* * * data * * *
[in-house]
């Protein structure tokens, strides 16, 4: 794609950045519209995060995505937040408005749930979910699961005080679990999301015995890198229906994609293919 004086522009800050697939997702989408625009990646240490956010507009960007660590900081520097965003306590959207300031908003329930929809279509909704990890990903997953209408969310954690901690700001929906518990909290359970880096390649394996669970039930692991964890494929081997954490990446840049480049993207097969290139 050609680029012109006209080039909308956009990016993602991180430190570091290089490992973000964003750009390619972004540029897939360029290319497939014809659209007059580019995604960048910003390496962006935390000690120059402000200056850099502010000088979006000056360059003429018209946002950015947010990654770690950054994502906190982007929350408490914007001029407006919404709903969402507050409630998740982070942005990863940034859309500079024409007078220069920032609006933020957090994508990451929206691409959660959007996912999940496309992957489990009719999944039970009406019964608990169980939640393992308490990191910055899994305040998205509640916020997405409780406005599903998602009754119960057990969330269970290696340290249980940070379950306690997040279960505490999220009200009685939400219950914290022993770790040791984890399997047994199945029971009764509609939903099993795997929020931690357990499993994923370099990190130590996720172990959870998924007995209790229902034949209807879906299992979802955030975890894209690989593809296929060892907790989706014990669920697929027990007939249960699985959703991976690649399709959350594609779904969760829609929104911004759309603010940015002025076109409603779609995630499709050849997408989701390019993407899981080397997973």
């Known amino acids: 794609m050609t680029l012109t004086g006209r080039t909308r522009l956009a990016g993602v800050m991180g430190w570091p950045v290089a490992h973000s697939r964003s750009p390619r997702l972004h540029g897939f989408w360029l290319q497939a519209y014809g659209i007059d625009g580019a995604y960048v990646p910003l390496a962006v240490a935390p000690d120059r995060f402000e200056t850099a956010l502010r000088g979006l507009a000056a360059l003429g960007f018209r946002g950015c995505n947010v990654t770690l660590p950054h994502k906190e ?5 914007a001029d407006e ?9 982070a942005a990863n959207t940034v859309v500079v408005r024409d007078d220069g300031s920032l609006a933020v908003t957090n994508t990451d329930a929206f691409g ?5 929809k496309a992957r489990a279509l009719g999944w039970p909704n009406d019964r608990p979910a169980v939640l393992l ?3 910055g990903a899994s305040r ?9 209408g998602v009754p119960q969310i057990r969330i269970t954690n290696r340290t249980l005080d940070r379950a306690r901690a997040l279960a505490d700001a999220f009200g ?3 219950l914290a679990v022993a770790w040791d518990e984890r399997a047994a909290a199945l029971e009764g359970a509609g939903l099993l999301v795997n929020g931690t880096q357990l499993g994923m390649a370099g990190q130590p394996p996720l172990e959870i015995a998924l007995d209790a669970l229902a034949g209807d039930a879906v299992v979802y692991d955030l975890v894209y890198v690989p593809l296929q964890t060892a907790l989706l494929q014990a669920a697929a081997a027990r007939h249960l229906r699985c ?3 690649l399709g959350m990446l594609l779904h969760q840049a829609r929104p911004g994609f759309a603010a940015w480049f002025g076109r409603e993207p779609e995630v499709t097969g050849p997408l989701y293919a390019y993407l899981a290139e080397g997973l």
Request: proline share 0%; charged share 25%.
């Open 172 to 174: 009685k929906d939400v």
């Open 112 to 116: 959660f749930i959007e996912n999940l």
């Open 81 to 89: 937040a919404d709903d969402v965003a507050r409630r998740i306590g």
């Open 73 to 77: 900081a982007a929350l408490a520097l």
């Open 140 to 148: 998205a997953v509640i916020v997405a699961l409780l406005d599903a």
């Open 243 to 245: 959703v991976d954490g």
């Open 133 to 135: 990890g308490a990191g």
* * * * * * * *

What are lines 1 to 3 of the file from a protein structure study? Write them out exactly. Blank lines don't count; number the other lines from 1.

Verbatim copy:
[in-house]
């Protein structure tokens, strides 16, 4: 794609950045519209995060995505937040408005749930979910699961005080679990999301015995890198229906994609293919 004086522009800050697939997702989408625009990646240490956010507009960007660590900081520097965003306590959207300031908003329930929809279509909704990890990903997953209408969310954690901690700001929906518990909290359970880096390649394996669970039930692991964890494929081997954490990446840049480049993207097969290139 050609680029012109006209080039909308956009990016993602991180430190570091290089490992973000964003750009390619972004540029897939360029290319497939014809659209007059580019995604960048910003390496962006935390000690120059402000200056850099502010000088979006000056360059003429018209946002950015947010990654770690950054994502906190982007929350408490914007001029407006919404709903969402507050409630998740982070942005990863940034859309500079024409007078220069920032609006933020957090994508990451929206691409959660959007996912999940496309992957489990009719999944039970009406019964608990169980939640393992308490990191910055899994305040998205509640916020997405409780406005599903998602009754119960057990969330269970290696340290249980940070379950306690997040279960505490999220009200009685939400219950914290022993770790040791984890399997047994199945029971009764509609939903099993795997929020931690357990499993994923370099990190130590996720172990959870998924007995209790229902034949209807879906299992979802955030975890894209690989593809296929060892907790989706014990669920697929027990007939249960699985959703991976690649399709959350594609779904969760829609929104911004759309603010940015002025076109409603779609995630499709050849997408989701390019993407899981080397997973």
């Known amino acids: 794609m050609t680029l012109t004086g006209r080039t909308r522009l956009a990016g993602v800050m991180g430190w570091p950045v290089a490992h973000s697939r964003s750009p390619r997702l972004h540029g897939f989408w360029l290319q497939a519209y014809g659209i007059d625009g580019a995604y960048v990646p910003l390496a962006v240490a935390p000690d120059r995060f402000e200056t850099a956010l502010r000088g979006l507009a000056a360059l003429g960007f018209r946002g950015c995505n947010v990654t770690l660590p950054h994502k906190e ?5 914007a001029d407006e ?9 982070a942005a990863n959207t940034v859309v500079v408005r024409d007078d220069g300031s920032l609006a933020v908003t957090n994508t990451d329930a929206f691409g ?5 929809k496309a992957r489990a279509l009719g999944w039970p909704n009406d019964r608990p979910a169980v939640l393992l ?3 910055g990903a899994s305040r ?9 209408g998602v009754p119960q969310i057990r969330i269970t954690n290696r340290t249980l005080d940070r379950a306690r901690a997040l279960a505490d700001a999220f009200g ?3 219950l914290a679990v022993a770790w040791d518990e984890r399997a047994a909290a199945l029971e009764g359970a509609g939903l099993l999301v795997n929020g931690t880096q357990l499993g994923m390649a370099g990190q130590p394996p996720l172990e959870i015995a998924l007995d209790a669970l229902a034949g209807d039930a879906v299992v979802y692991d955030l975890v894209y890198v690989p593809l296929q964890t060892a907790l989706l494929q014990a669920a697929a081997a027990r007939h249960l229906r699985c ?3 690649l399709g959350m990446l594609l779904h969760q840049a829609r929104p911004g994609f759309a603010a940015w480049f002025g076109r409603e993207p779609e995630v499709t097969g050849p997408l989701y293919a390019y993407l899981a290139e080397g997973l």